Like their counterparts in Oregon, children in the state of Washington have been granted the right to have their day in court concerning the alleged failure of the state to adequately protect them from climate change.  King County Superior Court Judge Hollis Hill on Monday allowed the young petitioners to move ahead in their case against the state.

Two papers looked at events associated with El Niño episodes.  One, in the Proceedings of the National Academy of Sciences, found that the combination of climate change and a strong El Niño event created conditions for the recent outbreak of the Zika virus in South America.  Another finding from the paper was that the summer climates of the southeastern U.S., southern China, and some of Mediterranean Europe are warm enough for the Zika virus.  The other paper, in Nature Climate Change, found that small Pacific island nations could be hit by more tropical cyclones during El Niño events as a result of climate change.


On Tuesday President Obama used a little-known law called the Outer Continental Shelf Lands Act to withdraw hundreds of millions of acres of federally owned land in the Arctic and Atlantic Ocean from new offshore oil and gas drilling.  The action was coordinated with similar steps by Canadian Prime Minister Justin Trudeau to protect large areas of that nation’s Arctic waters from drilling.  However, there is strong disappointment in the Carolinas and Georgia that the U.S. ban did not extend south of Norfolk, VA.

Rocky Mountain Institute has released the first of four posts examining how the future might unfold through the widespread adoption of renewable energy technologies.  Their thesis is optimistic in nature and is based on the premise that renewable energy systems are disruptive technologies that are in the accelerating phases of their adoption curves.  Their advantages almost ensure their wide-spread adoption.  RMI’s essays should make interesting reading.  In case you have been considering sustainable investing you might be interested in this post at the World Resources Institute website that debunks four myths about the subject.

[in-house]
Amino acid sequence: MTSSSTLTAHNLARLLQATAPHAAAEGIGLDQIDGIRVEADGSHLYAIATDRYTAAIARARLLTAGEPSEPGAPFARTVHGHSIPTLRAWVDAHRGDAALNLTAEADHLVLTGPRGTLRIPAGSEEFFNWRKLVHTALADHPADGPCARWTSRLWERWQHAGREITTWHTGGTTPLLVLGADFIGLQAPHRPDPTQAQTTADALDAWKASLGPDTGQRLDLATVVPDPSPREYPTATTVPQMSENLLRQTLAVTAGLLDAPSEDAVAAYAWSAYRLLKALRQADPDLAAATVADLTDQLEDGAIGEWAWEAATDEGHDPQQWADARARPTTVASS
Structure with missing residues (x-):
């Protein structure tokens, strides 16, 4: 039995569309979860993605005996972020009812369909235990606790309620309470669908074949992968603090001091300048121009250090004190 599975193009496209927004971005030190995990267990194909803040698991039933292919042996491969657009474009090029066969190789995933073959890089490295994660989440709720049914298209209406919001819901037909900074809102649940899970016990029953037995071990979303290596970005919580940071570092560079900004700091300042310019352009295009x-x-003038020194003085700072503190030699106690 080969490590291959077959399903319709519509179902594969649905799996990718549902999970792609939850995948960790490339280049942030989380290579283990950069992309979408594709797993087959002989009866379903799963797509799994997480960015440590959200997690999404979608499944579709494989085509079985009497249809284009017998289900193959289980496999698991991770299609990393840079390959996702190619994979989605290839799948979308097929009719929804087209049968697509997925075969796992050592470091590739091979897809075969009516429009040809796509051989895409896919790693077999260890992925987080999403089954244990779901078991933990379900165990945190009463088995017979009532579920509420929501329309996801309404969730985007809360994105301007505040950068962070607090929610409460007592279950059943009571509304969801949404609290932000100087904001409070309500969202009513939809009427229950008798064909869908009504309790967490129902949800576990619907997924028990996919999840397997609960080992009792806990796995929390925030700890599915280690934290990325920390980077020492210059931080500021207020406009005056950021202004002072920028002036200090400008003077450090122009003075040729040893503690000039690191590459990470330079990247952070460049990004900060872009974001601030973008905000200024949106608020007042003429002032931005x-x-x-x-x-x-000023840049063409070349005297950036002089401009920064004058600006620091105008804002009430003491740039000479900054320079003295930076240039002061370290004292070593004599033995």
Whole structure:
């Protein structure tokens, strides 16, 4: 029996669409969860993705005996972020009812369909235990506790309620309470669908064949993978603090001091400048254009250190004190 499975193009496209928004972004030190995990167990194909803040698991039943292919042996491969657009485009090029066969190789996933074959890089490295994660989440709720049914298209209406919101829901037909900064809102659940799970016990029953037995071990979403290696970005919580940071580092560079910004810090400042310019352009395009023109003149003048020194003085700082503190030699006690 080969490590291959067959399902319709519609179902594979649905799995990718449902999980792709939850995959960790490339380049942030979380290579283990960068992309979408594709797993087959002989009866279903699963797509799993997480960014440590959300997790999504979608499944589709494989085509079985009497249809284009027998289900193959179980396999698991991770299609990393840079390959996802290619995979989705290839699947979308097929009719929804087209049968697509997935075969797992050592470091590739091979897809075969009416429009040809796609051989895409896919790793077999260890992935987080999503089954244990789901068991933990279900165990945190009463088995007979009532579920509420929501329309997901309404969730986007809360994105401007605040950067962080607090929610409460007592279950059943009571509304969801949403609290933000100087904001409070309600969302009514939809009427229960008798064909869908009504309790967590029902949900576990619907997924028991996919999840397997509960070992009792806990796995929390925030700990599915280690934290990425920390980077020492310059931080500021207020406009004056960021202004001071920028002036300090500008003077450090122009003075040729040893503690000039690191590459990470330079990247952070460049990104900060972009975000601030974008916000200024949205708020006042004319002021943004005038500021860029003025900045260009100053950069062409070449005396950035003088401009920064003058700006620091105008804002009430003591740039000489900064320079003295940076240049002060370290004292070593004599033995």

A draft 10-year energy blueprint published this week by the Indian government predicts that 57% of the country’s total electricity capacity will come from non-fossil fuel sources by 2027.  India’s Paris climate accord target was 40% by 2030.  The plan also indicates that no new coal-fired power plants are likely to be required to meet India’s energy needs until at least 2027.  This analysis is consistent with an article in Bloomberg Markets explaining why Indian electricity demand has undershot government forecasts.

A new paper in Nature Climate Change examined the climate policies of the signatories to the Paris Climate Accord in an effort to determine whether their programs to cut carbon emissions are equitable.  Because there is no single definition of “equitable”, the paper looked at different ways to define equity and how countries are measuring up to each of those definitions.  Although the paper is controversial, it concluded that the U.S. is working harder to reduce its emissions than China, while India is making more effort than both.

Arizona has been a battleground over net metering for the past couple of years.  That came to an end on Tuesday when the Arizona Corporation Commission voted to end net metering, whereby homeowners with solar panels get retail credits for power they send to the grid, and instead reduce the amount utilities pay homeowners for rooftop solar power.  Next door, in December 2015 the Public Utilities Commission of Nevada (PUCN) phased out retail-rate net metering, almost shutting down the rooftop solar industry overnight.  Now PUCN has voted to restore favorable rates for residential solar customers in NV Energy’s Sierra Pacific Power Company’s service territory.

Low carbon power accounted for 50% of electricity generation in the UK in the third quarter, up from 45.3% last year.  The rise was largely due to new windfarms and solar farms being connected to the grid, as well as to several major coal-fired power plants closing.  Low carbon power also accounted for two-thirds of the new capacity added to the U.S. grid in 2016.

These news items have been compiled by Les Grady, member and former chair of the CAAV steering committee. He is a licensed professional engineer (retired) who taught environmental engineering at Purdue and Clemson Universities and engaged in private practice with CH2M Hill, the world’s largest environmental engineering consulting firm. Since his retirement in 2003 he has devoted much of his time to the study of climate science and the question of global warming and makes himself available to speak to groups about this subject. More here.